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MI Prospects Get Better

Perhaps, the mortgage insurance industry isn't looking so gloomy after all - which might be the reason why American International Group told bottomfeeder Wilbur Ross to take a hike in regards to buying its battered MI division, United Guaranty Inc. of Greensboro, N.C.

First, a little backstory. In the third quarter, every single one of the nation's six active MI firms saw a whopping - but not unexpected - decline in the volume of new insurance written. Every firm but one: UGI, which wrote $3.8 billion in new policies, a handsome 45% gain from the third quarter of 2008.

Every firm, including market leader MGIC, got creamed in the third quarter. Then again, UGI (which ranked second in new policies written) suffered miserably in the third quarter of 2008 because that's when credit markets tanked and Uncle Sam took over its parent company, American International Group. It's safe to assume that if Uncle Sam hadn't bailed out AIG, UGI would've closed its doors. But that was then. Amazingly, just one MI company has stopped writing policies during the mortgage market meltdown and all have managed to keep paying billions in claims and somehow stay afloat. Note to readers: MI firms cover 25% to 30% of a mortgage loss as opposed to FHA, which covers 100% of a loss.

Any way, smelling blood in the water, Mr. Ross of WL Ross & Co., pounced on UGI. This past fall, according to sources familiar with the original parameters of the talks, WL Ross offered to purchase all of UGI's licenses, operating systems and its entire 2009 book of business, leaving the MI's "legacy" coverage with AIG. No price was ever mentioned but you can bet that it was dirt cheap.

Mr. Ross is a smart man. The money he made bottom fishing in the U.S. steel industry is legendary. He's already gobbled up at least two near-dead mortgage servicing companies, fashioning them into American Home Mortgage Servicing, a specialty servicer of troubled and "scratch and dent" loans. At least check, AmHome ranked 11th nationwide in servicing contracts.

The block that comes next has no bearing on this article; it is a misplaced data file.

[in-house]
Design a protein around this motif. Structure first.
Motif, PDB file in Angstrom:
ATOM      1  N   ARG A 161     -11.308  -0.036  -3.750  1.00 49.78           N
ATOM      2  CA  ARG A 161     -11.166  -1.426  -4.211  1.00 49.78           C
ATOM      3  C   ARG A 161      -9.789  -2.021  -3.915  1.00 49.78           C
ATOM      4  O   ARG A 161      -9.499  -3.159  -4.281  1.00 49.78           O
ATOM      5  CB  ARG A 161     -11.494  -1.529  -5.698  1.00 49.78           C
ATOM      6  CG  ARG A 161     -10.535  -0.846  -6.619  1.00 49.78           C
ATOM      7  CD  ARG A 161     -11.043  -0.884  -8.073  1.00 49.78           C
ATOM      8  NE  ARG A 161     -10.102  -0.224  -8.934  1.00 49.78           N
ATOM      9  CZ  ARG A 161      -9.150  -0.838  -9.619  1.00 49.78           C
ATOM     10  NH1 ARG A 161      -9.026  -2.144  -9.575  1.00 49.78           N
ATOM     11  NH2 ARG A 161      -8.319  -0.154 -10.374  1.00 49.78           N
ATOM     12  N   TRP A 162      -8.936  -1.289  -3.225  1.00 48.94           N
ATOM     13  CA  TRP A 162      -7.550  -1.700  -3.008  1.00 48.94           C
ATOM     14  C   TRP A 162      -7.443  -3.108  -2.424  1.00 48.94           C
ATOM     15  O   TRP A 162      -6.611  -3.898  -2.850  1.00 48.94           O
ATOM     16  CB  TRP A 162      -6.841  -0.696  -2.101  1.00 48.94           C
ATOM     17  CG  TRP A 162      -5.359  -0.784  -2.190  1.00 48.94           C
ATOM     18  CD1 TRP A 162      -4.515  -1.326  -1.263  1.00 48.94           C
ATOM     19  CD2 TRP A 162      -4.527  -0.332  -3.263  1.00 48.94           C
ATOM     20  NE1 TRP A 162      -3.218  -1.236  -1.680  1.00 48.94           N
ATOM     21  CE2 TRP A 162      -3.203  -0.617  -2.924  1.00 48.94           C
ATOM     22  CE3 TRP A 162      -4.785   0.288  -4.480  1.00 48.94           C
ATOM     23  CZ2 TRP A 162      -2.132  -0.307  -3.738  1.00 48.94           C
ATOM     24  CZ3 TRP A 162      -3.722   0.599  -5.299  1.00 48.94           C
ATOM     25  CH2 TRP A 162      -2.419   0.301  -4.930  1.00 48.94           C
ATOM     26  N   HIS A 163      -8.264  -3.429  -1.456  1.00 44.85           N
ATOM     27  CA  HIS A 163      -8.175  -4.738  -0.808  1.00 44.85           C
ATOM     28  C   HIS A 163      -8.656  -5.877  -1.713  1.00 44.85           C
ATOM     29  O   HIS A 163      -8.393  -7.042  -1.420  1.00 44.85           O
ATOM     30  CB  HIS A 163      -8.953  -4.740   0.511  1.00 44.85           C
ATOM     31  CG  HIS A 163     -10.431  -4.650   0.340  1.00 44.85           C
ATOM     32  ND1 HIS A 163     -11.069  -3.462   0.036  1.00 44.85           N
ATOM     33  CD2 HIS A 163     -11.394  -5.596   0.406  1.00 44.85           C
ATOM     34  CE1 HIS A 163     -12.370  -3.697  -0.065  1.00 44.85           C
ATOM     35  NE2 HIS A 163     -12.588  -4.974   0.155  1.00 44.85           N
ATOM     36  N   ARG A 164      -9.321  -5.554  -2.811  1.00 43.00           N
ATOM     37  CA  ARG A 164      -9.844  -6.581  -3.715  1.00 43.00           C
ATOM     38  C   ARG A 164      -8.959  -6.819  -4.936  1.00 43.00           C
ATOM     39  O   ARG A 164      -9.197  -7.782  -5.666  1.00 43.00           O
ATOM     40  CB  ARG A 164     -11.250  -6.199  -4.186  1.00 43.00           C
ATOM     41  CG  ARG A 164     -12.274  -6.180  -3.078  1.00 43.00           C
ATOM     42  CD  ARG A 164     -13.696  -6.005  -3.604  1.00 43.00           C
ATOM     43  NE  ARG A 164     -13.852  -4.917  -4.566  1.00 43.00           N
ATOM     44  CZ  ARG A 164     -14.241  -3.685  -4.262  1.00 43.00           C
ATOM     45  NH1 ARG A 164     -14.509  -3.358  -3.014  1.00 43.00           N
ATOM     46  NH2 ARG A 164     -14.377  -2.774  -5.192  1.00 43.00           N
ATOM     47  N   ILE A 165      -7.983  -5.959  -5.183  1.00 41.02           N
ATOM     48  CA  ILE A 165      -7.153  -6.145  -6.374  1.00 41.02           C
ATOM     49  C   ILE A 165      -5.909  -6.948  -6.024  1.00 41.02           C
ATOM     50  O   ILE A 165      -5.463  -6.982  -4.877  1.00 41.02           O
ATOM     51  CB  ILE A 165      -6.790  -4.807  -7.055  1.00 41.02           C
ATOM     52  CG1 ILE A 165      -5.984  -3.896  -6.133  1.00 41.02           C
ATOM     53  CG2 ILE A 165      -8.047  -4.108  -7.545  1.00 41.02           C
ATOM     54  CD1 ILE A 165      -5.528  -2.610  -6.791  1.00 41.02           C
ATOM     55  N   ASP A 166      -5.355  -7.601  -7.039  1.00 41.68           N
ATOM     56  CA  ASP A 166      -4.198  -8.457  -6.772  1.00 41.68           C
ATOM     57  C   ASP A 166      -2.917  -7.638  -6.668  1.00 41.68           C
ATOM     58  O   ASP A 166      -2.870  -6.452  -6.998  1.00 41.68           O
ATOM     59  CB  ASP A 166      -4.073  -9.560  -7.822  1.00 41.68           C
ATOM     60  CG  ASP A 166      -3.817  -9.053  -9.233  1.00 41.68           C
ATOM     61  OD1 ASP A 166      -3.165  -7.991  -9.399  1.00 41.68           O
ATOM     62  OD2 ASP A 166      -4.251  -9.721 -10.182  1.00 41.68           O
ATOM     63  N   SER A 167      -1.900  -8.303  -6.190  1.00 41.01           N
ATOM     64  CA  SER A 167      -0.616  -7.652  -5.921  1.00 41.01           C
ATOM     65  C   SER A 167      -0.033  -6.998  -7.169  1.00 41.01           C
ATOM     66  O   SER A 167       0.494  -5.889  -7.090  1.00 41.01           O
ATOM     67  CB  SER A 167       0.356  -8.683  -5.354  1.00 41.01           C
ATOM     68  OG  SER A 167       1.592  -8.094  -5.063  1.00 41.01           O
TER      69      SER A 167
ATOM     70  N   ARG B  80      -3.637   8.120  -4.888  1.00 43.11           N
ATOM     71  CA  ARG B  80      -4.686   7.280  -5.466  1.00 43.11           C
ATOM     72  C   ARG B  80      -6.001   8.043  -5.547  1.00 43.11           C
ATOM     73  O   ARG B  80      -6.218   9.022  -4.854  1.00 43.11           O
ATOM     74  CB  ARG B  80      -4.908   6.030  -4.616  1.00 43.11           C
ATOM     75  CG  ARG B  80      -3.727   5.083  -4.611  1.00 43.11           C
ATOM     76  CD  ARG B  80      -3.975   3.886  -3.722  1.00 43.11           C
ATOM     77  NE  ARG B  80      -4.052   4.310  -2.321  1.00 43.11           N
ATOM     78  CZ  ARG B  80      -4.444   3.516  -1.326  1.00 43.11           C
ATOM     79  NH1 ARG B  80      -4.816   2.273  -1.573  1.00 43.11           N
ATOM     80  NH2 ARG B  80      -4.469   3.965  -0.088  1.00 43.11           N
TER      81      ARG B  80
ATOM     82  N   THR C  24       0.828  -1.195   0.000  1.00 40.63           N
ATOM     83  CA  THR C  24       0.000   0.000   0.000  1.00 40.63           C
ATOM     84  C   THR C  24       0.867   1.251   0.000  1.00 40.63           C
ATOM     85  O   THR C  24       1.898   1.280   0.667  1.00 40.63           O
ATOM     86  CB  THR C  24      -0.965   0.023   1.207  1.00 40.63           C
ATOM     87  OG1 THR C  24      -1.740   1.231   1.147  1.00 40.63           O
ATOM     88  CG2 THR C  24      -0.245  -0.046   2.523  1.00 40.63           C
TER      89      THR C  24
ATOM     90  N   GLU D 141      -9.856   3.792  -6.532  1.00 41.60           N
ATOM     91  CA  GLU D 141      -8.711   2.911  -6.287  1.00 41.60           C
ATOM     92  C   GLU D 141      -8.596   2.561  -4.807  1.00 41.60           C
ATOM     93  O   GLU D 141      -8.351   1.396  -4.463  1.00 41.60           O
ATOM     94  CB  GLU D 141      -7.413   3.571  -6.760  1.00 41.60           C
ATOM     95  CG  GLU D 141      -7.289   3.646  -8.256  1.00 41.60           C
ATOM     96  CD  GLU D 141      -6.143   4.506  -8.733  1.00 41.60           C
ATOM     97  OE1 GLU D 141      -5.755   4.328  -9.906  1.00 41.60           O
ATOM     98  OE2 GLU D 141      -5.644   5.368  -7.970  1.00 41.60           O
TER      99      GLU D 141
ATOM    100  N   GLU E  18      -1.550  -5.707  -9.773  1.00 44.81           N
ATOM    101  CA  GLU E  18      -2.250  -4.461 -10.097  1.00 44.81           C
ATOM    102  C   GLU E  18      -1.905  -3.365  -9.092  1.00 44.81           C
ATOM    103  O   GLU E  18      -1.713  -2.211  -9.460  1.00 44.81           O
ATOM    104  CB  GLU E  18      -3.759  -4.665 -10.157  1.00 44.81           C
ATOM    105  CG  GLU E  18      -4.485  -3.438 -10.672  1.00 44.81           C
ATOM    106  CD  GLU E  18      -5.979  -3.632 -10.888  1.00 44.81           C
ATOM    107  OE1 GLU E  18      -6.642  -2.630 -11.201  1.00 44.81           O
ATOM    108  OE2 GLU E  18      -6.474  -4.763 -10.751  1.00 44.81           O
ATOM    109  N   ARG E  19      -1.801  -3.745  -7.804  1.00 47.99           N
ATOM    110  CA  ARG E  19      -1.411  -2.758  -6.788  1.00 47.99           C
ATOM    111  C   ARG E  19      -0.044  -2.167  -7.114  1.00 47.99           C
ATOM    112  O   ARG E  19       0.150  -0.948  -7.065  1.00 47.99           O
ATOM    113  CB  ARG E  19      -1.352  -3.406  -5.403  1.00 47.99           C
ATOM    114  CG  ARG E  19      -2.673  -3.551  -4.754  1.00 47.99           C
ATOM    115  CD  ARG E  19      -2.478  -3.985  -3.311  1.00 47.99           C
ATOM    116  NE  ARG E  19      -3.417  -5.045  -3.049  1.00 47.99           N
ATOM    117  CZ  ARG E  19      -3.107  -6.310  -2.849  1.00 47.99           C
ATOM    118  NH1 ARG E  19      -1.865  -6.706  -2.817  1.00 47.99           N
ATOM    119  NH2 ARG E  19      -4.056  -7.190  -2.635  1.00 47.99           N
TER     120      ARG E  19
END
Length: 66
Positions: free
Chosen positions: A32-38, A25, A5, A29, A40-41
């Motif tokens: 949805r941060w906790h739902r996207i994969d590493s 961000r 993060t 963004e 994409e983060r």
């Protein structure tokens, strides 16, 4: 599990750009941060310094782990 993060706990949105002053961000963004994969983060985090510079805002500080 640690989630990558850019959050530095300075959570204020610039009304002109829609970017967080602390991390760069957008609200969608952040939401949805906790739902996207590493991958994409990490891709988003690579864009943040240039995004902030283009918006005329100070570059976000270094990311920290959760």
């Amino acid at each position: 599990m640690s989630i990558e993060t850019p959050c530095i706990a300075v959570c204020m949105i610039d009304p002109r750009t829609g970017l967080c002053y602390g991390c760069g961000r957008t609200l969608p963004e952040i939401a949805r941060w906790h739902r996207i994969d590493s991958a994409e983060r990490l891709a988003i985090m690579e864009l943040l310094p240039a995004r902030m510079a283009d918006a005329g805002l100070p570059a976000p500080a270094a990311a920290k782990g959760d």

Mr. Ross also has his hand in a depository or two and knows that in time he'll need a lending arm if he wants to prevent his receivables from disappearing out the back door. As for why he wanted an MI firm, I'm not sure. The price must've been irresistible.

But there's something else afoot here. It's not just that the price was good, but perhaps it's true that the housing market has indeed turned the corner. The MI industry isn't out of the woods quite yet. They know that. We also know that at least one new MI firm will soon start writing new policies and another group of MI veterans is out raising capital to enter the space.

Why get into the MI business now? The answer is simple: Because of the mortgage/credit crisis, strict underwriting of all mortgages is the norm. Any loans funded in 2009 and beyond will be considered "pristine" with delinquencies considered highly unlikely. It's no wonder why Mr. Ross wanted into the business. From what I'm told, the head of AIG finally looked at the details of the Ross/UGI deal and came to the conclusion that as bad as its "legacy" book of business is that going forward, new premiums might lead UGI out of the desert.